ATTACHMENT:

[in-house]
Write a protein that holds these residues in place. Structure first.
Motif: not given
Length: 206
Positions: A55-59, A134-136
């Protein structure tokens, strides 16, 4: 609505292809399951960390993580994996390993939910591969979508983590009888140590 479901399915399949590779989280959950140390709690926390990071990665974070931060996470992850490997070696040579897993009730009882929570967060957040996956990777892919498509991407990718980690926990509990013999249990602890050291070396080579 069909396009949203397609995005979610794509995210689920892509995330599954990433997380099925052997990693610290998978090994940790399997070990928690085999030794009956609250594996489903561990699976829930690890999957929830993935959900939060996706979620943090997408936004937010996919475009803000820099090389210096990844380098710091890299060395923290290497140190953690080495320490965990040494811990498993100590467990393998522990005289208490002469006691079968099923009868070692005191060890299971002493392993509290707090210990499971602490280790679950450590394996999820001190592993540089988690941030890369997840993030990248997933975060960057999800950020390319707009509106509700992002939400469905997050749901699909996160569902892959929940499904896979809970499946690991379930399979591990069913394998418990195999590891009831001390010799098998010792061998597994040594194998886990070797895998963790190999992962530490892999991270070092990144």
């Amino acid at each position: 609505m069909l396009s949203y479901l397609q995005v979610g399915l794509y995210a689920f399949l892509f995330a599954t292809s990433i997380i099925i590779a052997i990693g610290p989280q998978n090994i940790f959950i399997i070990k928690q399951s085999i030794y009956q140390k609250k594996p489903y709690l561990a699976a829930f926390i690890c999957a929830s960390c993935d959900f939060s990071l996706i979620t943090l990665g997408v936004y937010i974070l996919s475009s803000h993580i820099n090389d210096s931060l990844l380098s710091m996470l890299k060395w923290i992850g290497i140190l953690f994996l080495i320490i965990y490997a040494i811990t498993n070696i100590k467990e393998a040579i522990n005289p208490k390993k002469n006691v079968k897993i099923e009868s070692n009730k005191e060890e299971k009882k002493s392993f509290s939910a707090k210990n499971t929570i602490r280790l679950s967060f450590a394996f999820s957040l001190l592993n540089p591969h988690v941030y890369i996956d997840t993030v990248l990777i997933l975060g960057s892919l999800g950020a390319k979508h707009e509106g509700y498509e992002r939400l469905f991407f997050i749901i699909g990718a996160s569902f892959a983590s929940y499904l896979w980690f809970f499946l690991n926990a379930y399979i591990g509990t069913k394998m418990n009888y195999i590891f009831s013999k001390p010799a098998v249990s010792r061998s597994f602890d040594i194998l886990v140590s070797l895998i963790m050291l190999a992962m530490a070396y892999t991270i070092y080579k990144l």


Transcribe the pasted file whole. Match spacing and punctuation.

[in-house]
Write a protein that holds these residues in place. Structure first.
Motif: not given
Length: 206
Positions: A55-59, A134-136
């Protein structure tokens, strides 16, 4: 609505292809399951960390993580994996390993939910591969979508983590009888140590 479901399915399949590779989280959950140390709690926390990071990665974070931060996470992850490997070696040579897993009730009882929570967060957040996956990777892919498509991407990718980690926990509990013999249990602890050291070396080579 069909396009949203397609995005979610794509995210689920892509995330599954990433997380099925052997990693610290998978090994940790399997070990928690085999030794009956609250594996489903561990699976829930690890999957929830993935959900939060996706979620943090997408936004937010996919475009803000820099090389210096990844380098710091890299060395923290290497140190953690080495320490965990040494811990498993100590467990393998522990005289208490002469006691079968099923009868070692005191060890299971002493392993509290707090210990499971602490280790679950450590394996999820001190592993540089988690941030890369997840993030990248997933975060960057999800950020390319707009509106509700992002939400469905997050749901699909996160569902892959929940499904896979809970499946690991379930399979591990069913394998418990195999590891009831001390010799098998010792061998597994040594194998886990070797895998963790190999992962530490892999991270070092990144």
């Amino acid at each position: 609505m069909l396009s949203y479901l397609q995005v979610g399915l794509y995210a689920f399949l892509f995330a599954t292809s990433i997380i099925i590779a052997i990693g610290p989280q998978n090994i940790f959950i399997i070990k928690q399951s085999i030794y009956q140390k609250k594996p489903y709690l561990a699976a829930f926390i690890c999957a929830s960390c993935d959900f939060s990071l996706i979620t943090l990665g997408v936004y937010i974070l996919s475009s803000h993580i820099n090389d210096s931060l990844l380098s710091m996470l890299k060395w923290i992850g290497i140190l953690f994996l080495i320490i965990y490997a040494i811990t498993n070696i100590k467990e393998a040579i522990n005289p208490k390993k002469n006691v079968k897993i099923e009868s070692n009730k005191e060890e299971k009882k002493s392993f509290s939910a707090k210990n499971t929570i602490r280790l679950s967060f450590a394996f999820s957040l001190l592993n540089p591969h988690v941030y890369i996956d997840t993030v990248l990777i997933l975060g960057s892919l999800g950020a390319k979508h707009e509106g509700y498509e992002r939400l469905f991407f997050i749901i699909g990718a996160s569902f892959a983590s929940y499904l896979w980690f809970f499946l690991n926990a379930y399979i591990g509990t069913k394998m418990n009888y195999i590891f009831s013999k001390p010799a098998v249990s010792r061998s597994f602890d040594i194998l886990v140590s070797l895998i963790m050291l190999a992962m530490a070396y892999t991270i070092y080579k990144l």